Apple may be ready to give up Steve Jobs' ghost

Steve Jobs
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Steve Jobs

Apple shares are enjoying an impressive week, after the company reported earnings that beat analyst expectations on strong iPhone sales. But the best news for the company may be the cultural shift that management is undergoing, said one close Apple watcher.

"They're about to get the ghost out of the boardroom," said Max Wolff, senior analyst and chief economist at Greencrest Capital. "They'll start making what the market is telling them to make, and not what someone is channeling out of the ghost of Steve Jobs."

Wolff thinks this will help tremendously.

"I don't think channeling is all that useful in the boardroom," he told "Tim Cook is a good CEO. If he's free to make decisions, he'll make good ones. Rather than saying, 'Well, over paella in Menlo Park in 1977, Steve Jobs said, 'I don't like cheese.' "

As it is, the company has been constrained by Jobs' vision, Wolff said. "People would tell them, 'Gee, I like your phone, but the screen's so small.' And they would say, 'Well …' "

For example, Jobs said that a 3.5-inch screen is a "perfect size for consumers" and that larger screens are foolish. But the company is now looking to introduce iPhones with 4.7-inch and 5.7-inch screens after the popularity of Galaxy's large-screen "phablets," Reuters reported in June.

On the stock side, Jobs was strongly opposed to the idea of Apple offering shareholders a dividend rather than hanging onto its cash. But in March 2012, the company announced its first dividend since 1995. (Jobs, who had left Apple, returned in 1996.)

(Read more: Four reasons Apple is in more trouble than you think)

"I wouldn't doubt that here and there the company has asked itself, 'What would Steve do?'" said JMP Securities analyst Alex Gauna. "I don't think those shadows last forever—I think people move on. It's a very capable organization. And the company is moving on."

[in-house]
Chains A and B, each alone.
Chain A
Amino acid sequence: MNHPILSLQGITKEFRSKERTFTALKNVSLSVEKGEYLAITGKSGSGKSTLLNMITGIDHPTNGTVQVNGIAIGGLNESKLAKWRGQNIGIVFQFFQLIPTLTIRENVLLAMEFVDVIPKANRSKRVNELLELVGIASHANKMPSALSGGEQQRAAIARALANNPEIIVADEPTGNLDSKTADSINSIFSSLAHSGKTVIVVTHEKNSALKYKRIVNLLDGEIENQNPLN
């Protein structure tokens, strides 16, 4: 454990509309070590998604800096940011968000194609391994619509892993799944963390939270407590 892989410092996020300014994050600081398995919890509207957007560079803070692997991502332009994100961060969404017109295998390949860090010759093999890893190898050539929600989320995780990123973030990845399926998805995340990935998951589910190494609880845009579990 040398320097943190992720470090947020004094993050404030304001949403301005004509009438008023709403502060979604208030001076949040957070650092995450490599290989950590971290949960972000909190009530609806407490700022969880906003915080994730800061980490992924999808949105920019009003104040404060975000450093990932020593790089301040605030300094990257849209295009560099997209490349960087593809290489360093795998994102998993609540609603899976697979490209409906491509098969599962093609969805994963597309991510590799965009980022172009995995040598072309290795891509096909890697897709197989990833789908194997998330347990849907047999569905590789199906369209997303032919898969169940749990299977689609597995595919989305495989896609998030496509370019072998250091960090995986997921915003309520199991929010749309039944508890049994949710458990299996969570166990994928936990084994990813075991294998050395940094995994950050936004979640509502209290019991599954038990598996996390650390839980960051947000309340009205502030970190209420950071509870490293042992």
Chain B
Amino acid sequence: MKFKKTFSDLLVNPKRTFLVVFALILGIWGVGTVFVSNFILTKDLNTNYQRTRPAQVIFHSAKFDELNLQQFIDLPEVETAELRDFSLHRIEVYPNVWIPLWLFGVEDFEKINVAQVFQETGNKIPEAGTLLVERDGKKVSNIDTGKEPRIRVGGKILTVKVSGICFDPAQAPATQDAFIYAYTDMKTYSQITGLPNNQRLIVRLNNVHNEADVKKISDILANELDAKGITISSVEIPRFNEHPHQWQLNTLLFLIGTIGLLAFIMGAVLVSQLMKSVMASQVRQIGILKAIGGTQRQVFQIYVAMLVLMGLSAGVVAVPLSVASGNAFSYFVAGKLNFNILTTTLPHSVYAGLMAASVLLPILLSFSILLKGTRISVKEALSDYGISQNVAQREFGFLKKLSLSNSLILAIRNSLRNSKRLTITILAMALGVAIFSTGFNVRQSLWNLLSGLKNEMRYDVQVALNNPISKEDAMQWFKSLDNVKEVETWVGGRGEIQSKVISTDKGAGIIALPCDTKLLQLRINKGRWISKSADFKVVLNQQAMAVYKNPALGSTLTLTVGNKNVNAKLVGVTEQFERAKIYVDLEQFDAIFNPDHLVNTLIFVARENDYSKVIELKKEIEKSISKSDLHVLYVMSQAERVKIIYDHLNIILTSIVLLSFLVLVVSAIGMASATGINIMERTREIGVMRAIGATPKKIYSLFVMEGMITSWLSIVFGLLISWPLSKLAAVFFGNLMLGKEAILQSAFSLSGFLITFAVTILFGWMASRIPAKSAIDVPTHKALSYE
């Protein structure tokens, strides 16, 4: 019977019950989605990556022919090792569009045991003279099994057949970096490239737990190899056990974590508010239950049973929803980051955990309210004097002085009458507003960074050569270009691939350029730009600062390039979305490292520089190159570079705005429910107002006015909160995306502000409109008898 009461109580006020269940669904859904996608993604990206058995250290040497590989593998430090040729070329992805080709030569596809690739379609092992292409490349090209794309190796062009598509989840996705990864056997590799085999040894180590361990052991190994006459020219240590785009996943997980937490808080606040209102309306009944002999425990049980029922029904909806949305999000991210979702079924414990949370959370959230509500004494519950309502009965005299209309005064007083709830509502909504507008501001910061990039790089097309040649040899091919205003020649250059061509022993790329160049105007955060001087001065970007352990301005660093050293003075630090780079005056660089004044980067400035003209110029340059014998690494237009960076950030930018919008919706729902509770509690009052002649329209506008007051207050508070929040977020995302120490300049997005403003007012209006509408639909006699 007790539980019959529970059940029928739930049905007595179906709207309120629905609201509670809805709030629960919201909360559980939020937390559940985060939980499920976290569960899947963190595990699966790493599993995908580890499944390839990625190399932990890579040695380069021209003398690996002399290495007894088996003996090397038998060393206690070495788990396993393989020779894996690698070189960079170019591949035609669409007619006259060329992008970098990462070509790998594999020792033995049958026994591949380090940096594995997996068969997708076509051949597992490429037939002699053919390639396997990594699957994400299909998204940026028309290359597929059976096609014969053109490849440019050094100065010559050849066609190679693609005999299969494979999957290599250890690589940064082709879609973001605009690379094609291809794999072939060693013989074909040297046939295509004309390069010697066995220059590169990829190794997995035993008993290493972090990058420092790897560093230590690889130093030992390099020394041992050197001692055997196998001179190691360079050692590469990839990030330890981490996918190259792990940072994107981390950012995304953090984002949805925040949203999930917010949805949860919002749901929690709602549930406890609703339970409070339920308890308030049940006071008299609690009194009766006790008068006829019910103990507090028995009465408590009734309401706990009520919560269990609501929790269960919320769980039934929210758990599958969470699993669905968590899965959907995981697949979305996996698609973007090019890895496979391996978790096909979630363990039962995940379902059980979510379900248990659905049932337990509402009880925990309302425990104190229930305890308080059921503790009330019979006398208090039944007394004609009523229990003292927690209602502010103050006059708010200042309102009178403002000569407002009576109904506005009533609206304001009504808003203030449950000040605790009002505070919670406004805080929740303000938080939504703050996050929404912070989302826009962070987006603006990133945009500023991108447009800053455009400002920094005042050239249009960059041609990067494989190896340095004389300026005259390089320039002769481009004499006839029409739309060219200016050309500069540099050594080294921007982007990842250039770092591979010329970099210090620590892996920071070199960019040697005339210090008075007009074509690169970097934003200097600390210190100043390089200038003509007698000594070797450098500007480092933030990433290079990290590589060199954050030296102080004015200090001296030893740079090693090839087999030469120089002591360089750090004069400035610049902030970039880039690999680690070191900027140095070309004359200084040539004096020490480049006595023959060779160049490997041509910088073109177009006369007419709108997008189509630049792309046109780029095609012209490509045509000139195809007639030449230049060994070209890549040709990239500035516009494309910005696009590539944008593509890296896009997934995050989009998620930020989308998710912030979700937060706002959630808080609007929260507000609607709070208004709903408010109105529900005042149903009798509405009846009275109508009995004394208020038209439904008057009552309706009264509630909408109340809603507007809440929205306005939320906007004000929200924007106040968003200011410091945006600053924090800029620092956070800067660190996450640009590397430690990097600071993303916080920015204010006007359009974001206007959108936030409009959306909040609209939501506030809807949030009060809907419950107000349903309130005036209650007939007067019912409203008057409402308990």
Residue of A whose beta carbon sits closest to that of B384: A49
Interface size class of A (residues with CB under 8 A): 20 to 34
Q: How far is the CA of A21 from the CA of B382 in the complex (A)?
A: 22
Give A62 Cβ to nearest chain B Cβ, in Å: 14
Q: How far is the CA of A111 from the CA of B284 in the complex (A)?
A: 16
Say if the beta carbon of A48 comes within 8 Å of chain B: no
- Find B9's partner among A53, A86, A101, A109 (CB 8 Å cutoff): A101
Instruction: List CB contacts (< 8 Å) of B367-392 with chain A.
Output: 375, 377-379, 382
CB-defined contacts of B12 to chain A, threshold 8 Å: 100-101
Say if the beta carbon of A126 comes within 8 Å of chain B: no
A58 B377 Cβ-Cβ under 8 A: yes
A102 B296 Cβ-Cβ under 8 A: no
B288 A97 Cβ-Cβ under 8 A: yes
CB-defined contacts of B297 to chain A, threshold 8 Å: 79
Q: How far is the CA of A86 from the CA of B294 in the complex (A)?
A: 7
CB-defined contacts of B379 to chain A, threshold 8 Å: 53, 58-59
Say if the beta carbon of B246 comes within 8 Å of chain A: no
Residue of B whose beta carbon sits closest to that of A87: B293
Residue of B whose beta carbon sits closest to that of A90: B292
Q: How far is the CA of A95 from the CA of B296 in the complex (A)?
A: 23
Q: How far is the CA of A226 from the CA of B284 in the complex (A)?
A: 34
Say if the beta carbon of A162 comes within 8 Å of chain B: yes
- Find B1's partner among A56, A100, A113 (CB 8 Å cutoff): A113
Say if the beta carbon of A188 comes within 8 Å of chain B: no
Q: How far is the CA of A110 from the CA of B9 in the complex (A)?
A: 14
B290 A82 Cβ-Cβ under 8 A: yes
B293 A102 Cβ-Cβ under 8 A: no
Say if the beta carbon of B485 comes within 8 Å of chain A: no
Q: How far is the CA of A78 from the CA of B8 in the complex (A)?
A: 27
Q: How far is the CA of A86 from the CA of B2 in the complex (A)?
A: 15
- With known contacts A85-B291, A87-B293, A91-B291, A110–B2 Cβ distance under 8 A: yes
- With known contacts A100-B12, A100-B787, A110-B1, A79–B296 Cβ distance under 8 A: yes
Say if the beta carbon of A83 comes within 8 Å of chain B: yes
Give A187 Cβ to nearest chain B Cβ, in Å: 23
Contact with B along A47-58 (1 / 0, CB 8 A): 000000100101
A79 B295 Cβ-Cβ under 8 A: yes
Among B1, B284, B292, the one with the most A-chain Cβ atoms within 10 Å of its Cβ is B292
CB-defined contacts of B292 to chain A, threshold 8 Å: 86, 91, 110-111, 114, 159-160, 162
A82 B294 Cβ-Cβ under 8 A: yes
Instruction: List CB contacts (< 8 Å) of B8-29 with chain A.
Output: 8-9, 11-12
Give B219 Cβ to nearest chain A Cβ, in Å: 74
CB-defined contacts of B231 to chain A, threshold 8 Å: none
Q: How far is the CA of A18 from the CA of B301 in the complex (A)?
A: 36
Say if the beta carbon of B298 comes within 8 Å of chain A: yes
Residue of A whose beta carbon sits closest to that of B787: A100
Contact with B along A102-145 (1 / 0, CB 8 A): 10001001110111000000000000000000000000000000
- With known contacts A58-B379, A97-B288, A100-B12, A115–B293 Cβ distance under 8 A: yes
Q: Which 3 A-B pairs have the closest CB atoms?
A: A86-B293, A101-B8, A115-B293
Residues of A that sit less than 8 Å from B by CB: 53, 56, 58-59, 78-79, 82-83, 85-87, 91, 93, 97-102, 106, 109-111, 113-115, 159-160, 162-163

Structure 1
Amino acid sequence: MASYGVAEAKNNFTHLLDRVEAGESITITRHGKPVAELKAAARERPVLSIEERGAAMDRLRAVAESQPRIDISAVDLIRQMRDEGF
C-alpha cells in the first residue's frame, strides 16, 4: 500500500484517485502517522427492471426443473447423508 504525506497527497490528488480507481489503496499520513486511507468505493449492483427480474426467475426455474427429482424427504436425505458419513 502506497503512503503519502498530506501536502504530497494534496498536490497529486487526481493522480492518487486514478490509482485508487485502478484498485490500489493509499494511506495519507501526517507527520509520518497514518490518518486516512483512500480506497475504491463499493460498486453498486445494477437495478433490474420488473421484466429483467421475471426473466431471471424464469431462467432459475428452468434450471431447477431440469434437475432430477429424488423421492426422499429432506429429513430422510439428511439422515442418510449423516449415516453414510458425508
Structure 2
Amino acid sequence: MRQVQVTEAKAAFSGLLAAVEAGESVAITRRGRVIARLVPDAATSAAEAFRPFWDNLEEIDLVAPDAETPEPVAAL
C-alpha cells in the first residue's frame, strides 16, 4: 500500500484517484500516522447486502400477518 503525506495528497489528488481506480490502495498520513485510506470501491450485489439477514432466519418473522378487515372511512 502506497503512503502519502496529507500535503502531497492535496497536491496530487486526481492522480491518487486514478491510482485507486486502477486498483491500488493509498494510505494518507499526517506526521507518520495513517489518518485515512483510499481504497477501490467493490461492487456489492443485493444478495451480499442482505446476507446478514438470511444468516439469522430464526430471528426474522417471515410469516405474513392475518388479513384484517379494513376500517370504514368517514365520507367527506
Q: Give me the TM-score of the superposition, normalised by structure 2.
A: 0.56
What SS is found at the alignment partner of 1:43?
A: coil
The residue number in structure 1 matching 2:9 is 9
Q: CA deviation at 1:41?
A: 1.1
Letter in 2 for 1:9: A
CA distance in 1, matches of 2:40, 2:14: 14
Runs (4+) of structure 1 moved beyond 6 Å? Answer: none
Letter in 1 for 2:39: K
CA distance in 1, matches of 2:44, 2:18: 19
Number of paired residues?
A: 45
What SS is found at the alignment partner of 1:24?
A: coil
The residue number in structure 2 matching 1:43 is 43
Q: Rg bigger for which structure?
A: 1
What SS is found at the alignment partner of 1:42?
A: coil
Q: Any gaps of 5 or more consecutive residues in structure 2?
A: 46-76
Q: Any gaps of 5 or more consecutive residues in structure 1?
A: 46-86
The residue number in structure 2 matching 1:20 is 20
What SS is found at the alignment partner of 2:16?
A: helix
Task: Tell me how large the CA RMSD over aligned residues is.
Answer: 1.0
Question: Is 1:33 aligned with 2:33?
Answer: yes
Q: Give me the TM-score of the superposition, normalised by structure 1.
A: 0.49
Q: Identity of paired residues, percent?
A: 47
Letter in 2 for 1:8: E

In fact, he added, "I never subscribed to the notion that this company never had a multiyear road map put in place by Steve Jobs. I believe that tech is far too fluid and too dynamic for that."

(Read more: The secret sign that Apple's a buy)

In addition, Gauna said, people tend to overestimate the co-founder's role.

"What Steve Jobs was always exceptionally good at was being the final gatekeeper," he said. "That's the big change—they no longer have that final decision-maker. They no longer have that individual with such bearing and credibility among different teams."

(What's Apple stock doing now? Click here for the latest quote.)

Wolff also thinks the breadth of Jobs' vision may have been slightly overstated.

"It's not the stuff of legend—he didn't discover cheese," Wolff said (mentioning the milk curd product for a second time). "He just figured that if you made something that didn't break every five minutes, people would be willing to pay for it."

—By CNBC's Alex Rosenberg. Follow him on Twitter: @CNBCAlex.

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